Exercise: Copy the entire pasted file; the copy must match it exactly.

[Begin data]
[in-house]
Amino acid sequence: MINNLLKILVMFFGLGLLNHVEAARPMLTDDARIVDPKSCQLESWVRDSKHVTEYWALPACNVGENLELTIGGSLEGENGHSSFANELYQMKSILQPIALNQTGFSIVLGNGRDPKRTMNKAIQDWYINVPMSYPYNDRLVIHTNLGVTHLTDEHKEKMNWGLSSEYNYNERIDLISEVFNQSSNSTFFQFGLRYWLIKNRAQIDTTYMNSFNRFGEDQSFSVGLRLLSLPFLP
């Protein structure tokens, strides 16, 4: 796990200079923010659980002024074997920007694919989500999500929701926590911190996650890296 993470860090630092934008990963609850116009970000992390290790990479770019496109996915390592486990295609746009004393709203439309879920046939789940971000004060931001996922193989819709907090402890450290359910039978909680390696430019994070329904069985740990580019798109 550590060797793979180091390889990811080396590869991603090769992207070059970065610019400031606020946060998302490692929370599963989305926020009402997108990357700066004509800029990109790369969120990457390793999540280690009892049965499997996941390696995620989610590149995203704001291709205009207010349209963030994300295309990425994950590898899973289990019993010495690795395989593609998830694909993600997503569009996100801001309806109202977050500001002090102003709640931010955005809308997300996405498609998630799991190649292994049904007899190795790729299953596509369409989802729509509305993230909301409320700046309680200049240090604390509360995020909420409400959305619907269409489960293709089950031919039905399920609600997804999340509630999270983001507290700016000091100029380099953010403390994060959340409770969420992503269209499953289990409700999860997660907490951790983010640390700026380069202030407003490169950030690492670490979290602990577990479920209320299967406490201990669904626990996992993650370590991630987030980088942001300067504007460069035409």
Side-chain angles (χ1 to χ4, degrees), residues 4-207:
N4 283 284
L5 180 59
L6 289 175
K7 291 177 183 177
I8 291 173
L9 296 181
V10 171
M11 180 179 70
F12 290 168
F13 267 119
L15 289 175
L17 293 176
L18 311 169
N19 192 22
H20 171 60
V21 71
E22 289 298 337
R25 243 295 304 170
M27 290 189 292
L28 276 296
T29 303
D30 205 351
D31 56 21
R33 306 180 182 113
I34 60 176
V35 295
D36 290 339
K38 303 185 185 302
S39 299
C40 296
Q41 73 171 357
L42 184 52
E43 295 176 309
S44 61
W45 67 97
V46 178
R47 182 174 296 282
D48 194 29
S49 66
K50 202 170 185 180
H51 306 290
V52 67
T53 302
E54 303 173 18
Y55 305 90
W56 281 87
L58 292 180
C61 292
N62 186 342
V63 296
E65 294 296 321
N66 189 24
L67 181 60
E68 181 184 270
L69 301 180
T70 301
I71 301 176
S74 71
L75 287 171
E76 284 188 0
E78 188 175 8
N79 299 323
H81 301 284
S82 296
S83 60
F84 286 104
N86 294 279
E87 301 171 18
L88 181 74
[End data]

[in-house]
Amino acid sequence: MINNLLKILVMFFGLGLLNHVEAARPMLTDDARIVDPKSCQLESWVRDSKHVTEYWALPACNVGENLELTIGGSLEGENGHSSFANELYQMKSILQPIALNQTGFSIVLGNGRDPKRTMNKAIQDWYINVPMSYPYNDRLVIHTNLGVTHLTDEHKEKMNWGLSSEYNYNERIDLISEVFNQSSNSTFFQFGLRYWLIKNRAQIDTTYMNSFNRFGEDQSFSVGLRLLSLPFLP
């Protein structure tokens, strides 16, 4: 796990200079923010659980002024074997920007694919989500999500929701926590911190996650890296 993470860090630092934008990963609850116009970000992390290790990479770019496109996915390592486990295609746009004393709203439309879920046939789940971000004060931001996922193989819709907090402890450290359910039978909680390696430019994070329904069985740990580019798109 550590060797793979180091390889990811080396590869991603090769992207070059970065610019400031606020946060998302490692929370599963989305926020009402997108990357700066004509800029990109790369969120990457390793999540280690009892049965499997996941390696995620989610590149995203704001291709205009207010349209963030994300295309990425994950590898899973289990019993010495690795395989593609998830694909993600997503569009996100801001309806109202977050500001002090102003709640931010955005809308997300996405498609998630799991190649292994049904007899190795790729299953596509369409989802729509509305993230909301409320700046309680200049240090604390509360995020909420409400959305619907269409489960293709089950031919039905399920609600997804999340509630999270983001507290700016000091100029380099953010403390994060959340409770969420992503269209499953289990409700999860997660907490951790983010640390700026380069202030407003490169950030690492670490979290602990577990479920209320299967406490201990669904626990996992993650370590991630987030980088942001300067504007460069035409």
Side-chain angles (χ1 to χ4, degrees), residues 4-207:
N4 283 284
L5 180 59
L6 289 175
K7 291 177 183 177
I8 291 173
L9 296 181
V10 171
M11 180 179 70
F12 290 168
F13 267 119
L15 289 175
L17 293 176
L18 311 169
N19 192 22
H20 171 60
V21 71
E22 289 298 337
R25 243 295 304 170
M27 290 189 292
L28 276 296
T29 303
D30 205 351
D31 56 21
R33 306 180 182 113
I34 60 176
V35 295
D36 290 339
K38 303 185 185 302
S39 299
C40 296
Q41 73 171 357
L42 184 52
E43 295 176 309
S44 61
W45 67 97
V46 178
R47 182 174 296 282
D48 194 29
S49 66
K50 202 170 185 180
H51 306 290
V52 67
T53 302
E54 303 173 18
Y55 305 90
W56 281 87
L58 292 180
C61 292
N62 186 342
V63 296
E65 294 296 321
N66 189 24
L67 181 60
E68 181 184 270
L69 301 180
T70 301
I71 301 176
S74 71
L75 287 171
E76 284 188 0
E78 188 175 8
N79 299 323
H81 301 284
S82 296
S83 60
F84 286 104
N86 294 279
E87 301 171 18
L88 181 74